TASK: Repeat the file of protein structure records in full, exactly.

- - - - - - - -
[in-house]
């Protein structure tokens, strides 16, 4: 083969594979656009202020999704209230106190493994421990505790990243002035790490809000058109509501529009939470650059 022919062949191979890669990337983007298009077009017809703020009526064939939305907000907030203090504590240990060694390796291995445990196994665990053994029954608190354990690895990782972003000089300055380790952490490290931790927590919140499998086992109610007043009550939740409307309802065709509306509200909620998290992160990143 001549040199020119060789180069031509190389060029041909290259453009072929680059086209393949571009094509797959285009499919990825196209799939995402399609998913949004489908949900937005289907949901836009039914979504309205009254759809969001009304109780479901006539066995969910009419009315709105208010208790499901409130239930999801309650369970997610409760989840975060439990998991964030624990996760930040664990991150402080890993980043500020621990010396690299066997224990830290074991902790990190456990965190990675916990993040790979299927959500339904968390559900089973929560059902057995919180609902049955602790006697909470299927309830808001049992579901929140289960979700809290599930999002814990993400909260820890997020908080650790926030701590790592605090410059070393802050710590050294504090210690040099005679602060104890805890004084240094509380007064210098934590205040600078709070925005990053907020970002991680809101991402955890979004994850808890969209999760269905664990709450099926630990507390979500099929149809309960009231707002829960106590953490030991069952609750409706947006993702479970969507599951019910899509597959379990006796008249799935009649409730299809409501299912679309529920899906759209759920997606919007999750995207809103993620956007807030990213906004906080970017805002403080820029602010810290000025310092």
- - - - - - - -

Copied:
[in-house]
């Protein structure tokens, strides 16, 4: 083969594979656009202020999704209230106190493994421990505790990243002035790490809000058109509501529009939470650059 022919062949191979890669990337983007298009077009017809703020009526064939939305907000907030203090504590240990060694390796291995445990196994665990053994029954608190354990690895990782972003000089300055380790952490490290931790927590919140499998086992109610007043009550939740409307309802065709509306509200909620998290992160990143 001549040199020119060789180069031509190389060029041909290259453009072929680059086209393949571009094509797959285009499919990825196209799939995402399609998913949004489908949900937005289907949901836009039914979504309205009254759809969001009304109780479901006539066995969910009419009315709105208010208790499901409130239930999801309650369970997610409760989840975060439990998991964030624990996760930040664990991150402080890993980043500020621990010396690299066997224990830290074991902790990190456990965190990675916990993040790979299927959500339904968390559900089973929560059902057995919180609902049955602790006697909470299927309830808001049992579901929140289960979700809290599930999002814990993400909260820890997020908080650790926030701590790592605090410059070393802050710590050294504090210690040099005679602060104890805890004084240094509380007064210098934590205040600078709070925005990053907020970002991680809101991402955890979004994850808890969209999760269905664990709450099926630990507390979500099929149809309960009231707002829960106590953490030991069952609750409706947006993702479970969507599951019910899509597959379990006796008249799935009649409730299809409501299912679309529920899906759209759920997606919007999750995207809103993620956007807030990213906004906080970017805002403080820029602010810290000025310092």